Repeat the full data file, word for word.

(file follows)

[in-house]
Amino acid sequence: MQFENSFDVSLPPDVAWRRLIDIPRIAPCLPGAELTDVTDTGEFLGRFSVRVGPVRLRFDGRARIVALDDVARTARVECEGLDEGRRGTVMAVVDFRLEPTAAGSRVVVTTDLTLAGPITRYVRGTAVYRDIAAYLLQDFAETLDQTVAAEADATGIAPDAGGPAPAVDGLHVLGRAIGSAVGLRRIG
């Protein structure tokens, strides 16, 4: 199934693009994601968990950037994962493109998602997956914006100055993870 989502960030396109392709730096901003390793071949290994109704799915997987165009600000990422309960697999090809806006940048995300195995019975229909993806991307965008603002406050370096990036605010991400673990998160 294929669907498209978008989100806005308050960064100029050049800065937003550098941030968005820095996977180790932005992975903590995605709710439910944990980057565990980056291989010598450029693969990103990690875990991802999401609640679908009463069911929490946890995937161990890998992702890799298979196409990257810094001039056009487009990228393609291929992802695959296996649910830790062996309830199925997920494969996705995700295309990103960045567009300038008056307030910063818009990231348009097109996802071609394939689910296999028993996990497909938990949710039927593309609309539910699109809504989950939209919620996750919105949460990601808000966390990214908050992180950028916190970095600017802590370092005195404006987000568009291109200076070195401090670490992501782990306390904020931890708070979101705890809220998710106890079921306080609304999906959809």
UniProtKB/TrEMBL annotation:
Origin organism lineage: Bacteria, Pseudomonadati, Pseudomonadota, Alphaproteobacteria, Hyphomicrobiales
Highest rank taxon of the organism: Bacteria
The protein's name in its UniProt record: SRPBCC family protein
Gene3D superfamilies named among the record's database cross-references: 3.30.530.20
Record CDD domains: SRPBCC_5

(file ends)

[in-house]
Amino acid sequence: MQFENSFDVSLPPDVAWRRLIDIPRIAPCLPGAELTDVTDTGEFLGRFSVRVGPVRLRFDGRARIVALDDVARTARVECEGLDEGRRGTVMAVVDFRLEPTAAGSRVVVTTDLTLAGPITRYVRGTAVYRDIAAYLLQDFAETLDQTVAAEADATGIAPDAGGPAPAVDGLHVLGRAIGSAVGLRRIG
């Protein structure tokens, strides 16, 4: 199934693009994601968990950037994962493109998602997956914006100055993870 989502960030396109392709730096901003390793071949290994109704799915997987165009600000990422309960697999090809806006940048995300195995019975229909993806991307965008603002406050370096990036605010991400673990998160 294929669907498209978008989100806005308050960064100029050049800065937003550098941030968005820095996977180790932005992975903590995605709710439910944990980057565990980056291989010598450029693969990103990690875990991802999401609640679908009463069911929490946890995937161990890998992702890799298979196409990257810094001039056009487009990228393609291929992802695959296996649910830790062996309830199925997920494969996705995700295309990103960045567009300038008056307030910063818009990231348009097109996802071609394939689910296999028993996990497909938990949710039927593309609309539910699109809504989950939209919620996750919105949460990601808000966390990214908050992180950028916190970095600017802590370092005195404006987000568009291109200076070195401090670490992501782990306390904020931890708070979101705890809220998710106890079921306080609304999906959809």
UniProtKB/TrEMBL annotation:
Origin organism lineage: Bacteria, Pseudomonadati, Pseudomonadota, Alphaproteobacteria, Hyphomicrobiales
Highest rank taxon of the organism: Bacteria
The protein's name in its UniProt record: SRPBCC family protein
Gene3D superfamilies named among the record's database cross-references: 3.30.530.20
Record CDD domains: SRPBCC_5